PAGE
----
The objective of this study was to systematically review the literature on the effects of cognitive behavioral therapy (CBT) on insomnia and pain in patients with traumatic brain injury (TBI). PubMed, Embase, the Cochrane Library, Cumulative Index to Nursing and Allied Health, and Web of Science databases were searched. Outcomes, including pain, sleep quality, and adverse events, were investigated. Differences were expressed using mean differences (MDs) with 95% confidence intervals (CIs). The statistical analysis was performed using STATA 16.0. Twelve trials with 476 TBI patients were included. The included studies did not indicate a positive effect of CBT on pain. Significant improvements were shown for self-reported sleep quality, reported with the Pittsburgh Self-Reported Sleep Quality Index (MD, -2.30; 95% CI, -3.45 to -1.15; ) and Insomnia Severity Index (MD, -5.12; 95% CI, -9.69 to -0.55; ). No major adverse events related to CBT were reported. The underpowered evidence suggested that CBT is effective in the management of sleep quality and pain in TBI adults. Future studies with larger samples are recommended to determine significance. This trial is registered with PROSPERO registration number CRD42019147266.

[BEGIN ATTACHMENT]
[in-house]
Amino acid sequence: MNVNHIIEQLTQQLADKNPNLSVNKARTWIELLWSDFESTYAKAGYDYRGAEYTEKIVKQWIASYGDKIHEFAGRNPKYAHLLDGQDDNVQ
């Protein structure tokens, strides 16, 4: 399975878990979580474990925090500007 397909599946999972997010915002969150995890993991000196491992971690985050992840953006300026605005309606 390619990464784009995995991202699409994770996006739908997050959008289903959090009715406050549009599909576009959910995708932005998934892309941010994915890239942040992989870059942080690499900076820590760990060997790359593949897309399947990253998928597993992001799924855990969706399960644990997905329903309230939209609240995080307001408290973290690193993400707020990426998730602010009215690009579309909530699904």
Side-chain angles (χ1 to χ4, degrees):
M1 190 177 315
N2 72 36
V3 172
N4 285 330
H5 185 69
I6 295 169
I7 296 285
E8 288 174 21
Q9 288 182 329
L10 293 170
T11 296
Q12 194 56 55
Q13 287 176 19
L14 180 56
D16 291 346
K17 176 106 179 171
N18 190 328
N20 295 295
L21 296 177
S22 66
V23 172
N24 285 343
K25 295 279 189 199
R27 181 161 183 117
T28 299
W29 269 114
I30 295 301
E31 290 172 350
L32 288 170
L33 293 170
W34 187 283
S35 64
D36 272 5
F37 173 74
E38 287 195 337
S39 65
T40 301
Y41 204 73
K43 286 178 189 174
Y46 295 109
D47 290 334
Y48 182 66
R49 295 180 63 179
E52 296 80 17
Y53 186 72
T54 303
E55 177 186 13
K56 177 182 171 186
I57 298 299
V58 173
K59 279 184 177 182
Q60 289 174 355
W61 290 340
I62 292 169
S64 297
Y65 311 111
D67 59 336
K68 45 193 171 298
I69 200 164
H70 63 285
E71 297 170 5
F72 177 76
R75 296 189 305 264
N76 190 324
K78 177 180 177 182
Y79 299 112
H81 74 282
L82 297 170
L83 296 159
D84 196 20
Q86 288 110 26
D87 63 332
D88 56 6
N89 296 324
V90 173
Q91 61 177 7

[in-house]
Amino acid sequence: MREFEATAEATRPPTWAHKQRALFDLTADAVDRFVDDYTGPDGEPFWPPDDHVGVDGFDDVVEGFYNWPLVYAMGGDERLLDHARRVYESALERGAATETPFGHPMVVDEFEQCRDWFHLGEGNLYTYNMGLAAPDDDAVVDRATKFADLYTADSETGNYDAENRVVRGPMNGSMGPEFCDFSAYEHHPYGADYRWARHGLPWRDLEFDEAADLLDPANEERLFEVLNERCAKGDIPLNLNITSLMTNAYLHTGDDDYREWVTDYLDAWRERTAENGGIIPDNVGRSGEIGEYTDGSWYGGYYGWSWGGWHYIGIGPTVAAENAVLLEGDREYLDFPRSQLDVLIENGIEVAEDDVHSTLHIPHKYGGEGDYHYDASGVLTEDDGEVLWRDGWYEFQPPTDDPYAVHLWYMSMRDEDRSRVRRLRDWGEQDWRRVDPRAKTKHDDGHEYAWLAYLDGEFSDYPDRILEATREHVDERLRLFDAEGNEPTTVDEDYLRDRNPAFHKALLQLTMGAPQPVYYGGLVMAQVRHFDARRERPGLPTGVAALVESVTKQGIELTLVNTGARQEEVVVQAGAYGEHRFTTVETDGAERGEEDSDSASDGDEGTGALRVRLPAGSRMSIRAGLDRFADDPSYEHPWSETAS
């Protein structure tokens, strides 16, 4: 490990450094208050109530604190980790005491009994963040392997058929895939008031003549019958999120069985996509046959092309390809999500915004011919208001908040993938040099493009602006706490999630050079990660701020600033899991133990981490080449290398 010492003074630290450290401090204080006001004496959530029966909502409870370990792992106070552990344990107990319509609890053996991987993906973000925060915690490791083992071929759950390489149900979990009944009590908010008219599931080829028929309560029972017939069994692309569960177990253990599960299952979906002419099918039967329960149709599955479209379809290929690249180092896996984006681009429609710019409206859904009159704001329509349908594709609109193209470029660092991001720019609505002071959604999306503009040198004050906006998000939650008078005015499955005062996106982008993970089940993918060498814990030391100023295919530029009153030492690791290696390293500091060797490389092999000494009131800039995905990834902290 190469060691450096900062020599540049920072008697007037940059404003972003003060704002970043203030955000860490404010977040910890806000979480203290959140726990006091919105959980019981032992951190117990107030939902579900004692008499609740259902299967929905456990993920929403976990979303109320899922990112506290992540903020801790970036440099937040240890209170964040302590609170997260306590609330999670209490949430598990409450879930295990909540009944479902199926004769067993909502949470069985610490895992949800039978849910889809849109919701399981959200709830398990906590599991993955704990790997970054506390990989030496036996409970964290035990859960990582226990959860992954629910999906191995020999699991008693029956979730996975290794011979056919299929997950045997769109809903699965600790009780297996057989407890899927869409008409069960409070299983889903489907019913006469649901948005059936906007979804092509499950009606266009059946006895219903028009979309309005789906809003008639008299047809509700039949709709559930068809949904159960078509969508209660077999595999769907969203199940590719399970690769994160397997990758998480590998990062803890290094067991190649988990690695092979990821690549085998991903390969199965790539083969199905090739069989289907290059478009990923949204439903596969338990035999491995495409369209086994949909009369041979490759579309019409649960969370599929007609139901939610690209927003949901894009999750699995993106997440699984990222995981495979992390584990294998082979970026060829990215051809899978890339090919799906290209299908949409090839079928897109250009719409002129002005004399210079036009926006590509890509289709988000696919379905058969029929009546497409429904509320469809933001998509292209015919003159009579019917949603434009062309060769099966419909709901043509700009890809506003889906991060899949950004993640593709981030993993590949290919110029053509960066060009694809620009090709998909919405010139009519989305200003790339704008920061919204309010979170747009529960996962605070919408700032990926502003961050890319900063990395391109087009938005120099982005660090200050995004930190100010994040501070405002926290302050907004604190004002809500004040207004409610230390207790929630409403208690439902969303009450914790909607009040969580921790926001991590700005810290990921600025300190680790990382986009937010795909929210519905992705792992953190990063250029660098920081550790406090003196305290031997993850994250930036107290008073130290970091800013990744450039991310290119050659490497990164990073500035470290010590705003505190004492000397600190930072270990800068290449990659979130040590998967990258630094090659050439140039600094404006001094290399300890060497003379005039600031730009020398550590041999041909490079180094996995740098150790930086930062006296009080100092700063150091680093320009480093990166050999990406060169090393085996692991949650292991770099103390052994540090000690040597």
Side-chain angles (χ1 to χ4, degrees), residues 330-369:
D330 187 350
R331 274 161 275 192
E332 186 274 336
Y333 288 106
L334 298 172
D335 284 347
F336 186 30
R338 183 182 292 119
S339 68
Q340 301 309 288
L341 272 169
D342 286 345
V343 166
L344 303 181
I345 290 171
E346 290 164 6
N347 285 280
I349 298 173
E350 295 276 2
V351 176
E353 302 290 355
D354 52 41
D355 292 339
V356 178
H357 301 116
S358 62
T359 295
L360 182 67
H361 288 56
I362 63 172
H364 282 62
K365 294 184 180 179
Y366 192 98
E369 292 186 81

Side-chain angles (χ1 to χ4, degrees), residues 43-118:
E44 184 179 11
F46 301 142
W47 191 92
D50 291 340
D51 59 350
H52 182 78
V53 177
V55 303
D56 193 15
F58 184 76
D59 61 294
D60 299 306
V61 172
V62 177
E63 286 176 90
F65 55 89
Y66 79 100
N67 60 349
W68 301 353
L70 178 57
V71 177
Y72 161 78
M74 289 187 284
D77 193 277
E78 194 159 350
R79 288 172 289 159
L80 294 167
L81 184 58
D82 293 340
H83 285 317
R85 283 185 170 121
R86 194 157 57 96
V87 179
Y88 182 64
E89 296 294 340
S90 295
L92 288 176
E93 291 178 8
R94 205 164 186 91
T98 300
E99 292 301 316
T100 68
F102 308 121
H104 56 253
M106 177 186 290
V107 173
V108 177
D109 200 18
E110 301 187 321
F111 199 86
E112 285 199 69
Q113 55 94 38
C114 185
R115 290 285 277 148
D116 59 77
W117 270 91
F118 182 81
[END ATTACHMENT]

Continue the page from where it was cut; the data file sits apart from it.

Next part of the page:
Structural and Functional Deficits in Patients with Poststroke Dementia: A Multimodal MRI Study
Although many neuroimaging studies have reported structural and functional abnormalities in the brains of patients with cognitive impairments following stroke, little is known about the pattern of such brain reorganization in poststroke dementia (PSD). The present study was aimed at investigating alterations in spontaneous brain activity and gray matter volume (GMV) in PSD patients. We collected T1-weighted and resting-state functional magnetic resonance imaging data from 20 PSD patients, 24 poststroke nondementia (PSND) patients, and 21 well-matched normal controls (NCs). We compared the differences among the groups in GMV and the fractional amplitude of low-frequency fluctuations (fALFF). Then, we evaluated the relationship between these brain measures and cognitive assessments and explored the possible distinguisher for PSD by receiver operating characteristic (ROC) curve analysis. PSD patients showed smaller GMV in the right superior temporal gyrus and lower fALFF values in the right inferior frontal gyrus than both PSND patients and NCs, but such differences were not observed between PSND patients and NCs. Moreover, GMV in the left medial prefrontal cortex showed a significant positive correlation with the Mini-Cog assessment in PSD patients, and GMV in the left CPL displayed the highest area under the ROC curve among all the features for classifying PSD versus PSND patients. Our findings suggest that PSD patients show dementia-specific structural and functional alteration patterns, which may help elucidate the pathophysiological mechanisms underlying PSD.